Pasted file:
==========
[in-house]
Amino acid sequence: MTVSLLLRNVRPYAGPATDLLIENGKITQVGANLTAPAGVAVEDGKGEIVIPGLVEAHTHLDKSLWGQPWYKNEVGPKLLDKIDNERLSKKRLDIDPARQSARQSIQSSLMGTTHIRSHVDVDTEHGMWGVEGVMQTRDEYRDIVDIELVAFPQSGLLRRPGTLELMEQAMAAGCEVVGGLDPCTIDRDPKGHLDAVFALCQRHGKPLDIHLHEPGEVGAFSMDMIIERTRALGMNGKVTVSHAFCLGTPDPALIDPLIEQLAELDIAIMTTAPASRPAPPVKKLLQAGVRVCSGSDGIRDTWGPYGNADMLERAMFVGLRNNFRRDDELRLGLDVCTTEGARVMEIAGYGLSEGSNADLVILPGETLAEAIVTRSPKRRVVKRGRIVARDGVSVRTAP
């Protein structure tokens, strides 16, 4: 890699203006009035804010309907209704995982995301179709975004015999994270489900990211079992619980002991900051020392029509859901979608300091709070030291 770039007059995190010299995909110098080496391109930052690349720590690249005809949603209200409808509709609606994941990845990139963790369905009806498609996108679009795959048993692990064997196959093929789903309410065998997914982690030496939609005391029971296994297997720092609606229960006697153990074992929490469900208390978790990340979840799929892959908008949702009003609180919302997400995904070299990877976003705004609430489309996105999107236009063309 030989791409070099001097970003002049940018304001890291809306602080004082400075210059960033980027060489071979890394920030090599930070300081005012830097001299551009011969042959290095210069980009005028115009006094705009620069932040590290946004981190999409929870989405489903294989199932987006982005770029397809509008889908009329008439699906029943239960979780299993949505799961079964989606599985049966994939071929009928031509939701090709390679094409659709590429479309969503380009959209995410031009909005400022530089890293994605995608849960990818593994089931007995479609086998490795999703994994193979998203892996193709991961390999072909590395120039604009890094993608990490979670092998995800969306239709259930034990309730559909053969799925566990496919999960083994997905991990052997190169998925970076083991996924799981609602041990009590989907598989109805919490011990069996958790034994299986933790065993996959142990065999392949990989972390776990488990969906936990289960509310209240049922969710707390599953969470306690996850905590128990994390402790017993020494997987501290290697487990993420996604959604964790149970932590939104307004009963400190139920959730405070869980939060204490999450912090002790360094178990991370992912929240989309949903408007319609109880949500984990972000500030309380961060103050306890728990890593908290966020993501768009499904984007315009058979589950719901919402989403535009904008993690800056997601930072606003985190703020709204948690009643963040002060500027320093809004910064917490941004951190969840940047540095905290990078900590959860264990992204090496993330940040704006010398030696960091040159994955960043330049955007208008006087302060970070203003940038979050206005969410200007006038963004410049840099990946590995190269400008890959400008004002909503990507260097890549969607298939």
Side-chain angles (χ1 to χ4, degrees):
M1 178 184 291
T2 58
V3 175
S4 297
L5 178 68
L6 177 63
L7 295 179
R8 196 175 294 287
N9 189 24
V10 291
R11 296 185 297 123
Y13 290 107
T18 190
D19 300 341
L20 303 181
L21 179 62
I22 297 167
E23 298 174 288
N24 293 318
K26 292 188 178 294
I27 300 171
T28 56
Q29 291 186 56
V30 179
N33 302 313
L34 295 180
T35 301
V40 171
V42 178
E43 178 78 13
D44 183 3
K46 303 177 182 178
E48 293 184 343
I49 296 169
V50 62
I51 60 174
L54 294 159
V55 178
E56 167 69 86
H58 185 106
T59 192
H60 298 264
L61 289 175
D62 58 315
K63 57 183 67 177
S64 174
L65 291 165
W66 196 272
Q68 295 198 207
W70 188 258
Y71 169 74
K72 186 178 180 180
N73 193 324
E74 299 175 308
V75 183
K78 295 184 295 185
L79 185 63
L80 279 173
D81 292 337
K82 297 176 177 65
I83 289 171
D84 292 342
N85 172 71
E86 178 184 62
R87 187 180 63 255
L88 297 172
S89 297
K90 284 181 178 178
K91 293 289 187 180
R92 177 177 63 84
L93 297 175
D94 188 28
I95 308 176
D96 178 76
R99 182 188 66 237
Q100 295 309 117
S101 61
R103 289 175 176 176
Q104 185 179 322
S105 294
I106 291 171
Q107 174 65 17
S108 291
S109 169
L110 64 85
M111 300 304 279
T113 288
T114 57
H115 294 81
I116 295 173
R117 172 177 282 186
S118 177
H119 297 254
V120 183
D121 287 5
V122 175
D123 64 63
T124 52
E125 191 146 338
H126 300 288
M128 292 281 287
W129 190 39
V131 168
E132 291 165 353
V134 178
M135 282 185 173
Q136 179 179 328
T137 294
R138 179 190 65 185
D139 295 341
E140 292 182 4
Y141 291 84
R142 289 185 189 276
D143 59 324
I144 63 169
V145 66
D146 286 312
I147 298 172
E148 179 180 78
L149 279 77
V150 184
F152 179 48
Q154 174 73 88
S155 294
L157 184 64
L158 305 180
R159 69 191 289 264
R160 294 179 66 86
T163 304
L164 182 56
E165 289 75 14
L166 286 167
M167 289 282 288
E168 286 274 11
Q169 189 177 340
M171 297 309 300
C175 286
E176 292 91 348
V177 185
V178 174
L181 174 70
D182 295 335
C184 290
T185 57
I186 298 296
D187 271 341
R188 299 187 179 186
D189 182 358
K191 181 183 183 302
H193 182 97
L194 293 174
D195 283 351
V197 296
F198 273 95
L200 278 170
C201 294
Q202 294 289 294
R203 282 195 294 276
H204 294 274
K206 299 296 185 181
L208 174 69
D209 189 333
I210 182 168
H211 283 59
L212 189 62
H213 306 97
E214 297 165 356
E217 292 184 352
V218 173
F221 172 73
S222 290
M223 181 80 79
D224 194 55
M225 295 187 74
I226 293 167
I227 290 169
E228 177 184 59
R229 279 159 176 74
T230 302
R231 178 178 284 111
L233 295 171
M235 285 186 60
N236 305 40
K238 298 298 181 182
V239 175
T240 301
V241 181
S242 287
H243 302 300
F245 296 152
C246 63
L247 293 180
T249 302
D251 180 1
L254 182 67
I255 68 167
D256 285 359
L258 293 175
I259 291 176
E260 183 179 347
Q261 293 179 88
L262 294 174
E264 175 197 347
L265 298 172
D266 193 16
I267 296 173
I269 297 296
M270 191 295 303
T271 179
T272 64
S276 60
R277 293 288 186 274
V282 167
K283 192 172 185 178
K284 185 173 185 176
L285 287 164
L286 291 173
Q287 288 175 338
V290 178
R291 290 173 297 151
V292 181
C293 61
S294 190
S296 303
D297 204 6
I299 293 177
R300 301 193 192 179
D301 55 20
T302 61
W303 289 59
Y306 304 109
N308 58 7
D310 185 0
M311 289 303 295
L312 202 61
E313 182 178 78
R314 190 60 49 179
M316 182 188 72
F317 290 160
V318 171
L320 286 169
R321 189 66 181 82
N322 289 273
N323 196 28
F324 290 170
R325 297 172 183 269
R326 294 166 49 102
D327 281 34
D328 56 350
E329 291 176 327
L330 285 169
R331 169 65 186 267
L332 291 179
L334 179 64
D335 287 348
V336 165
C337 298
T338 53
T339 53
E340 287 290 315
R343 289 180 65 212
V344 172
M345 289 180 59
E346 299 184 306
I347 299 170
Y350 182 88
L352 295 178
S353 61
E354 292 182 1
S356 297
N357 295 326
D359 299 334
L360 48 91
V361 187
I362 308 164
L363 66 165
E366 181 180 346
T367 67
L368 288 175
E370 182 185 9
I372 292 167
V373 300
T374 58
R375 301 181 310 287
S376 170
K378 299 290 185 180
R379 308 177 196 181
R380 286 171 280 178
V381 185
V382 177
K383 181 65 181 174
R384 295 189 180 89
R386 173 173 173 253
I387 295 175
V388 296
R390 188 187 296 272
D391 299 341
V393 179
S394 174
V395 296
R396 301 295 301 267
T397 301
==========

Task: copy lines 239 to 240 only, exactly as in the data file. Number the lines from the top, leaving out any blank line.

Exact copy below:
L312 202 61
E313 182 178 78